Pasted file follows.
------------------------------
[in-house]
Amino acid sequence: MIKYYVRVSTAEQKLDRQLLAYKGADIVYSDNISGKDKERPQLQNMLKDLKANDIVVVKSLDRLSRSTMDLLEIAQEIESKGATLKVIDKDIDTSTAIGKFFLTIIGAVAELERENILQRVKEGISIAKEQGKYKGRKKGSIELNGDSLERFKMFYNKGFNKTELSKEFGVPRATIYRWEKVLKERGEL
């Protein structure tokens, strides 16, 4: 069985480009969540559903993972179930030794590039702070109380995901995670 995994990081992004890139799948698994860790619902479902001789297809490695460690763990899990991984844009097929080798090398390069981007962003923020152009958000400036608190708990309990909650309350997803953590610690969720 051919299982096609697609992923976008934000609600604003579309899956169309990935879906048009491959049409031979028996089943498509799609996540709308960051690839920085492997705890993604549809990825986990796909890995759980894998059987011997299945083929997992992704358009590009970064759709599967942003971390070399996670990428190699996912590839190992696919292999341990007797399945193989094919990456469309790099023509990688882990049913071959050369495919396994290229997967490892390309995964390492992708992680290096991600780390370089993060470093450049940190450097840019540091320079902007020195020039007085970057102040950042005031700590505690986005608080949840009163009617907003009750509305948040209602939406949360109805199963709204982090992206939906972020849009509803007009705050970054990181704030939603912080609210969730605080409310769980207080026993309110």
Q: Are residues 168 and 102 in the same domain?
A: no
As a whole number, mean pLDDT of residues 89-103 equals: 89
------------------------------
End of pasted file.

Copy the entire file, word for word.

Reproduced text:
[in-house]
Amino acid sequence: MIKYYVRVSTAEQKLDRQLLAYKGADIVYSDNISGKDKERPQLQNMLKDLKANDIVVVKSLDRLSRSTMDLLEIAQEIESKGATLKVIDKDIDTSTAIGKFFLTIIGAVAELERENILQRVKEGISIAKEQGKYKGRKKGSIELNGDSLERFKMFYNKGFNKTELSKEFGVPRATIYRWEKVLKERGEL
């Protein structure tokens, strides 16, 4: 069985480009969540559903993972179930030794590039702070109380995901995670 995994990081992004890139799948698994860790619902479902001789297809490695460690763990899990991984844009097929080798090398390069981007962003923020152009958000400036608190708990309990909650309350997803953590610690969720 051919299982096609697609992923976008934000609600604003579309899956169309990935879906048009491959049409031979028996089943498509799609996540709308960051690839920085492997705890993604549809990825986990796909890995759980894998059987011997299945083929997992992704358009590009970064759709599967942003971390070399996670990428190699996912590839190992696919292999341990007797399945193989094919990456469309790099023509990688882990049913071959050369495919396994290229997967490892390309995964390492992708992680290096991600780390370089993060470093450049940190450097840019540091320079902007020195020039007085970057102040950042005031700590505690986005608080949840009163009617907003009750509305948040209602939406949360109805199963709204982090992206939906972020849009509803007009705050970054990181704030939603912080609210969730605080409310769980207080026993309110």
Q: Are residues 168 and 102 in the same domain?
A: no
As a whole number, mean pLDDT of residues 89-103 equals: 89